Lebanese investors have launched a new mobile phone network in south Sudan, with the infrastructure to reach 1 million subscribers in the region's increasingly crowded telecoms market, officials said on Monday.
Vivacell is the second active network operating solely in south Sudan, where it will also compete with three nationwide mobile operators.
Lebanon's Fattouch Investment Group launched the operation after buying NOW (Network of the World) in 2007, Vivacell officials told Reuters. NOW is a south Sudanese company that secured a GSM licence for the region but never launched a working network.
The 2007 purchase was not widely publicised at the time. "This is the NOW licence. Vivacell is a commercial name," said south Sudanese Telecommunications Ministry Undersecretary Stephen Juma.
South Sudan was given two mobile phone licences under a 2005 peace deal that ended more than two decades of civil war with northern Sudan. One went to NOW, the other to local firm Gemtel.
The peace accord also allowed for four nationwide mobile operators and three of them -- Kuwait's Zain, South Africa's MTN, and Sudan's own Sudani -- have already set up operations in the south.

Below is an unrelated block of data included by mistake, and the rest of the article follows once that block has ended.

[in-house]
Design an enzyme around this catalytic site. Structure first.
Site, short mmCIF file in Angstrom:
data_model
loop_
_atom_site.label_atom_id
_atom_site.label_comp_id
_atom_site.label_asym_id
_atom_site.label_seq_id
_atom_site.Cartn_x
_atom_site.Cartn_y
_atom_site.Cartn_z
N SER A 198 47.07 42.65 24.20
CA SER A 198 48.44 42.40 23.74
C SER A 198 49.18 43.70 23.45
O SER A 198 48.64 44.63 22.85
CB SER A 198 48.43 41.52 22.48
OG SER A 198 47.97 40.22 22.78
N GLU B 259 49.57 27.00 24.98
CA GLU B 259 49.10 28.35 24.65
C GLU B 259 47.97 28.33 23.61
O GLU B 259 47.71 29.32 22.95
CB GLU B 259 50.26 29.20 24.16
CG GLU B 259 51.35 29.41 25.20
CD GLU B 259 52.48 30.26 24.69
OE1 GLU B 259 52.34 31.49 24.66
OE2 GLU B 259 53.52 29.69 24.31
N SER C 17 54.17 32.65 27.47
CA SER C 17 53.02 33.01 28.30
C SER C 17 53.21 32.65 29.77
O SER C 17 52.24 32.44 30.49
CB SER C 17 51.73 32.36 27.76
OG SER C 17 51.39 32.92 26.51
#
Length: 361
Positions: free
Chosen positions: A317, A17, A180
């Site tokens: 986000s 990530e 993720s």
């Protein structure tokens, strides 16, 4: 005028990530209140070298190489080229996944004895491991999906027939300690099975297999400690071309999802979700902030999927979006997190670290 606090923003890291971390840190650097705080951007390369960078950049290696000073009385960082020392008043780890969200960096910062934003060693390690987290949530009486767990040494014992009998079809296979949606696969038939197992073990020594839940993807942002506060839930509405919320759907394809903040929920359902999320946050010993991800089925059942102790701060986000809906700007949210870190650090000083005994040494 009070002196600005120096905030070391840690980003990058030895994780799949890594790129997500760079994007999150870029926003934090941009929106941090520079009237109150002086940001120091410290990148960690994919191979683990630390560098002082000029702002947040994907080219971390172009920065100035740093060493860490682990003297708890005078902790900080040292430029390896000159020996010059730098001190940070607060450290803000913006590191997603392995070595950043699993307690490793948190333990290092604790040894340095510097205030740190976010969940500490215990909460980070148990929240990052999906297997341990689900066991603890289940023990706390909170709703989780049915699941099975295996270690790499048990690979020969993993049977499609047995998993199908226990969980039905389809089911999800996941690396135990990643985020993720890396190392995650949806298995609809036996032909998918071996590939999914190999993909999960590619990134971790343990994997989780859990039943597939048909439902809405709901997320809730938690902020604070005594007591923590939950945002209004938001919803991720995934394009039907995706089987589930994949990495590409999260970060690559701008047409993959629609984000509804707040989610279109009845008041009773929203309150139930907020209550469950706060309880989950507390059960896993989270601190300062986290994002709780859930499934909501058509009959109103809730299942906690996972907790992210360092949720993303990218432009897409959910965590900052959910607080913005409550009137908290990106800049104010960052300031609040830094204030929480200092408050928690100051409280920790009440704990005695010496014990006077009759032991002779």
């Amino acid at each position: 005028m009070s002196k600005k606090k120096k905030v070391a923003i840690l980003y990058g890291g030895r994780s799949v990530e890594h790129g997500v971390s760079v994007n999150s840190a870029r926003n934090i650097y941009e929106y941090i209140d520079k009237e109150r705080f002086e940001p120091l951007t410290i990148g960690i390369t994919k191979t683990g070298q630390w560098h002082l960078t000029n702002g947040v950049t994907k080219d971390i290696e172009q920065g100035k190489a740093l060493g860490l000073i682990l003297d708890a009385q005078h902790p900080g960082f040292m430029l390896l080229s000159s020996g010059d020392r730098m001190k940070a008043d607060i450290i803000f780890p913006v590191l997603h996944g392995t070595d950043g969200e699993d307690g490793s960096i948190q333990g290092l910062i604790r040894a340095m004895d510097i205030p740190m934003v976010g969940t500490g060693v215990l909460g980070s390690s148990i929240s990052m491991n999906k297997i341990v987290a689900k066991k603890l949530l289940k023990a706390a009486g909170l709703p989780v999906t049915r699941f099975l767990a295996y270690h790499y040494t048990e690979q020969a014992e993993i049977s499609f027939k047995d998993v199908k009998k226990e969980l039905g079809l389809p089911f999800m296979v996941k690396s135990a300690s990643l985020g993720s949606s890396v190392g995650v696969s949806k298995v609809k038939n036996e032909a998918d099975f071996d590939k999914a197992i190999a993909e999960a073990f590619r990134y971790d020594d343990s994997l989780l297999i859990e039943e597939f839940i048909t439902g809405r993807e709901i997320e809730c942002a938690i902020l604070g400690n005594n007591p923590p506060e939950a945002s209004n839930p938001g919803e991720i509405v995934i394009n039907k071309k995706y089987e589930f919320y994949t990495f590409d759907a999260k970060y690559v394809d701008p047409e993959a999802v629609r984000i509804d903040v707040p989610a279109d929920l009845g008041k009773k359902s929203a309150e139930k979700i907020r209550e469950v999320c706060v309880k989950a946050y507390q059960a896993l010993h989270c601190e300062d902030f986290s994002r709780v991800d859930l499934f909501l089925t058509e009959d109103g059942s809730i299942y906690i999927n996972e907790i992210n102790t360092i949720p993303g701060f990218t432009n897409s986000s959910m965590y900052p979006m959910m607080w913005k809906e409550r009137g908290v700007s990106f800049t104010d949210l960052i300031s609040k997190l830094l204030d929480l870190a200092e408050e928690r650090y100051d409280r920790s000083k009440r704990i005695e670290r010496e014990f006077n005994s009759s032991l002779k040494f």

There was a lack of clarity about the ownership of NOW before the 2007 purchase. South Sudan telecoms ministry officials have in the past said the government had a stake and also stated that NOW was entirely owned by private investors.
Gabriel Alaak Garang, finance secretary for the south's dominant party, the Sudan People's Liberation Movement (SPLM), told Reuters the SPLM had a controlling stake in a company called Wawat Securities Limited, that itself owned a share in the new Vivacell operation.
“Fattouch owns 75 percent (of Vivacell) and Wawat 25 percent," south Sudanese Telecoms Minister Gier Chuang told Reuters. Vivacell's Commercial Director, Khalil Kassab, said he could not give details of the size of the company's investment or the number of subscribers.